1 x 2-hour lecture weekly
1 x 50-minute tutorial weekly
1 x 6-hour independent study weekly
Enrolment not permitted
DSRS4104 has been successfully completed
Topic description
This topic will focus on preschool aged children, particularly on working with families, inter-professional approaches and strengths based models of learning. Populations who clearly benefit from early intervention will be explored such as children with developmental delays, autism spectrum disorders, sensory impairment and other conditions. Using play to promote early learning will be a focus of the topic. Problem based learning will develop competencies in research, accessing resources and understanding community agencies operations.
Educational aims
The aim of this topic is to provide students with the opportunity to explore and learn about:

  1. Models of best practice in working with young children and diverse learning needs.

  2. Current research and practice relating to play and the link with early intervention.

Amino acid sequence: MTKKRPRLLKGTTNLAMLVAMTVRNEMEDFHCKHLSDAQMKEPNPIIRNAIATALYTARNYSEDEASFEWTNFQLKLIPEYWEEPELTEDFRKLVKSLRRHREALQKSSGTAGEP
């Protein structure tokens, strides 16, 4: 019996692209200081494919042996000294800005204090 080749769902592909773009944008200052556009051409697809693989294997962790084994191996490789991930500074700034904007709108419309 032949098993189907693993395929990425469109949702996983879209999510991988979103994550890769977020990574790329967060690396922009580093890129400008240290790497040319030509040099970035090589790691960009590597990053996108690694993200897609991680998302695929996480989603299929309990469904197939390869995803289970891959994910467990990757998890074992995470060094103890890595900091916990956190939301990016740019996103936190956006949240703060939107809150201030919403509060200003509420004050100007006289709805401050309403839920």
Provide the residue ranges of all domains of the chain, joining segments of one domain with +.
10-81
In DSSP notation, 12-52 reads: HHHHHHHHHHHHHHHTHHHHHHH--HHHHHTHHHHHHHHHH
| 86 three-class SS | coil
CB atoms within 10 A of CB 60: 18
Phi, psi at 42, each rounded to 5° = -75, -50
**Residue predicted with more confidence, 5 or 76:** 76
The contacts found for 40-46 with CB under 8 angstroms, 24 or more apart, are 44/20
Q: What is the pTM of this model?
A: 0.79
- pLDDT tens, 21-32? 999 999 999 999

3. Benefits of play and early intervention in facilitating skill development in children with diverse learning needs.

  4. Assessment, planning and implementation of effective play and early intervention programs for children with diverse learning needs.

  5. Community provision of services.

Expected learning outcomes
On completion of the topic students will be able to:

  1. Demonstrate an understanding of the major models of early intervention used in Australia and other contexts.

  2. Explain the importance of play in a child's development and be able to give examples of the ways in which beneficial play experience might be constructed.

  3. Provide written evidence of the ability to provide appropriate program directions and support for a young child with a disability/condition chosen by the student.

  4. Explain the critical role in early intervention in promoting development in children with developmental delay.

  5. Have broad understanding of a range of delays and disorders and their impact on play, social engagement and overall development of children.